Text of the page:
Effectiveness of a nationwide interdisciplinary preventive programme for latex allergy

  • Ute LatzaEmail author
  • Frank Haamann
  • Xaver Baur
Original Article


Objectives: The increasing prevalence of latex allergy among healthcare workers is a large socio-economical problem for the society and affected individuals. The objective of this study was to describe and evaluate a nationwide, interdisciplinary campaign by the institution for the German workers’ compensation scheme for non-public healthcare providers that targeted the reduction of exposure to powdered high-protein latex gloves. Methods: The effectiveness of the prevention programme is described and evaluated with a before-and-after design comparing data on compensation claims for latex-related skin and airway diseases of the German statutory compensation scheme for work-related diseases in non-public health services. A survey on change in glove use was conducted after the programme. Results: The main feature of the campaign among healthcare workers (budget €340,000) was to increase awareness by means of educational components on the aetiology of latex hypersensitivity for healthcare workers and their providers, and professional trainers. The number of reported compensation claims for latex-induced skin diseases increased from a pre-measure of 664 in 1996 to 884 during the programme in 1998 and decreased after the programme (post-measure n=567 in 1999 and n=204 in 2002). Doctors’ assistants in practices and nurses/nurse assistants/midwives filed most claims. Similar decreases were observed for confirmed claims and latex-related respiratory diseases, while two other prevalent occupational diseases in healthcare workers (low-back disorders, infections) increased during this time period. The survey demonstrated a considerable concurrent drop in the use of powdered latex gloves (hospitals 76% vs 37% for unsterile gloves and 86% vs 62% for sterile gloves). Conclusions: The campaign against latex allergy in connection with concurrent corresponding recommendations, activities of State authorities for worker protection, and regulations, is an example for the successful incorporation of research results into preventive measures that directly affect the frequency of a work-related disease. This effective programme can be regarded as a model for the reduction of other occupational diseases such as bakers’ or isocyanate asthma.


Healthcare workers Occupational diseases Latex allergy Evaluation Compensation claims Prevention Intervention 



The authors thank Monika Hergel, Institution for Statutory Accident Insurance for Non-Public Healthcare and Welfare Providers in Germany (Berufsgenossenschaft für Gesundheitsdienst und Wohlfahrtspflege (BGW), Reha-Koordination, Hamburg, Germany), Willi Standke, German Federal Statutory Accident Insurance (Bundesverband der Unfallkassen, Munich, Germany), and Dr. Martin Butz, Federation of Statutory Accident Insurance Institutions for the industrial sector (Hauptverband der gewerblichen Berufsgenossenschaften, HVBG-Referat ZIGUV, Sankt Augustin, Germany) for excellent cooperation in providing data on the number of compensation claims.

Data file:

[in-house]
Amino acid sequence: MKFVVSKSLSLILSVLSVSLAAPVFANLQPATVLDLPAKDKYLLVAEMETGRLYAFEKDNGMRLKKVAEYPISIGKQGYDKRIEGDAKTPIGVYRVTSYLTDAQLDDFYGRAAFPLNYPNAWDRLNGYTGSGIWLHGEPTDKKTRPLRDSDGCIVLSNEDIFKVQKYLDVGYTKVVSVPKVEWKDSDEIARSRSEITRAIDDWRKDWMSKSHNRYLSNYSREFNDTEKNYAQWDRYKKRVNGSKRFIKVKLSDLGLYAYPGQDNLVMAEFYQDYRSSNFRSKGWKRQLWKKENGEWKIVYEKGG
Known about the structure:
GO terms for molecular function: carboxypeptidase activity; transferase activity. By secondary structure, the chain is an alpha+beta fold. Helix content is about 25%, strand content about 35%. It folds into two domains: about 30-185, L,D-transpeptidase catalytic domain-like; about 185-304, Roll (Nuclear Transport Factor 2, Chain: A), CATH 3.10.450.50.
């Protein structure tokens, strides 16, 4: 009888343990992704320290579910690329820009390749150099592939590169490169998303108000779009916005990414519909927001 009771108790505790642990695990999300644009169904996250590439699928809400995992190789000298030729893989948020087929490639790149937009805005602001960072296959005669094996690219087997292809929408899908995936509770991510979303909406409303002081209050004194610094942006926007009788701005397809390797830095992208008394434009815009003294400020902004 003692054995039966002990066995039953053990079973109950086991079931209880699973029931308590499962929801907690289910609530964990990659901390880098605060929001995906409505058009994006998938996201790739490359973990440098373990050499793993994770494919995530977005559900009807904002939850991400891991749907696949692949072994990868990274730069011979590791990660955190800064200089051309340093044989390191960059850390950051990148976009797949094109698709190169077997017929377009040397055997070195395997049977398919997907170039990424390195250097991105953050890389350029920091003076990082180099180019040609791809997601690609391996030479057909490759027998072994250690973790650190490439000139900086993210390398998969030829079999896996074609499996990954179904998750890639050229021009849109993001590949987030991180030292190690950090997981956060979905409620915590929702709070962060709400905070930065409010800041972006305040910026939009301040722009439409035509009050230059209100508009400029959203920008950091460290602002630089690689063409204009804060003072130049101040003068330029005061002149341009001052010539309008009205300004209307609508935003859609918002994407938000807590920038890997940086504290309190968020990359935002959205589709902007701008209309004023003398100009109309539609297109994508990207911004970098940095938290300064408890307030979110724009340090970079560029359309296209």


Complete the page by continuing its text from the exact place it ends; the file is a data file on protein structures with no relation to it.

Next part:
1. Allmers H, Brehler R, Chen Z, et al. (1998) Reduction of latex aeroallergens and latex-specific IgE antibodies in sensitized workers after removal of powdered natural rubber latex gloves in a hospital. J Allergy Clin Immunol 102:841–846PubMedGoogle Scholar
  2. Allmers H, Schmengler J, Skudlik C (2002) Primary prevention of latex allergy in the German health care system through education and intervention. J Allergy Clin Immunol 110:318–323PubMedGoogle Scholar
  3. Allmers H, Schmengler J, John SM (2004) Decreasing incidence of occupational contact urticaria caused by natural rubber latex allergy in German health care workers. J Allergy Clin Immunol 114:347–351PubMedGoogle Scholar
  4. Altman DG (1991) Proportions in two independent groups. In: Altman DG (ed) Practical statistics for medical research. Chapman & Hall, London, pp 232–235Google Scholar
  5. Arellano R, Bradley J, Sussman G (1992) Prevalence of latex sensitization among hospital physicians occupationally exposed to latex gloves. Anesthiology 77:905–908Google Scholar
  6. Baur X, Ammon J, Chen Z, Beckmann U, Czuppon AB (1993) Health risk in hospitals through airborne allergens for patients presensitised to latex. Lancet 432:1148–1149Google Scholar
  7. Baur X (1996) Naturlatex-Allergie. Empfehlungen der Interdisziplinären Arbeitsgruppe. Arbeitsmed Sozialmed Umweltmed 31:471–474Google Scholar
  8. Baur X, Chen Z (1999) Summary of appropriate measures to prevent natural latex allergy. Allergy Int 48:31–36Google Scholar
  9. Baur X, Chen Z, Allmers H, Raulf-Heimsoth M (1996) Reduktion des Allergierisikos durch Naturgummi-Produkte. Dtsch Ärztebl 16:A1043–A1045Google Scholar
  10. Baur X, Chen Z, Allmers H (1998a) Can a threshold limit value for natural rubber latex airborne allergens be defined?. J Allergy Clin Immunol 101:24–27PubMedGoogle Scholar
  11. Baur X, Chen Z, Allmers H, Raulf-Heimsoth M (1998b) Results of wearing test with two different latex gloves with and without the use of skin-protection cream. Allergy 53:441–444PubMedGoogle Scholar
  12. Beezhold DH, Beck WC (1992) Surgical glove powders bind latex antigens. Arch Surg 127:1354–1357PubMedGoogle Scholar
  13. Berufsgenossenschaft für Gesundheitsdienst und Wohlfahrtspflege (BGW) (1999). Allergiegefahr durch Latex-Einmalhandschuhe. Stand 10/99 [Allergy hazard through latex disposable gloves], Berufsgenossenschaft für Gesundheitsdienst und Wohlfahrtspflege [Institution for Statutory Accident Insurance for Non-Public Healthcare and Welfare Providers in Germany], Hamburg, Germany, reference no. GUV 38.9Google Scholar
  14. Brehler R, Rütter A, Kütting B (2002) Allergenicity of natural rubber latex gloves. Contact Dermatitis 46:65–71PubMedGoogle Scholar
  15. Bundesministerium für Arbeit und Gesundheit [Ministry of Labour and Health] (1997) Technische Regeln für Gefahrstoffe, TRGS 540, Sensibilisierende Stoffe [Technical guidelines for hazardous substances, TRGS 540, sensitizing substances]. Bundesministerium für Wirtschaft und Arbeit [Ministry of Economics and Labour], Bonn, Germany Bundesarbeitsblatt 12:58-63. ISSN 007-5868.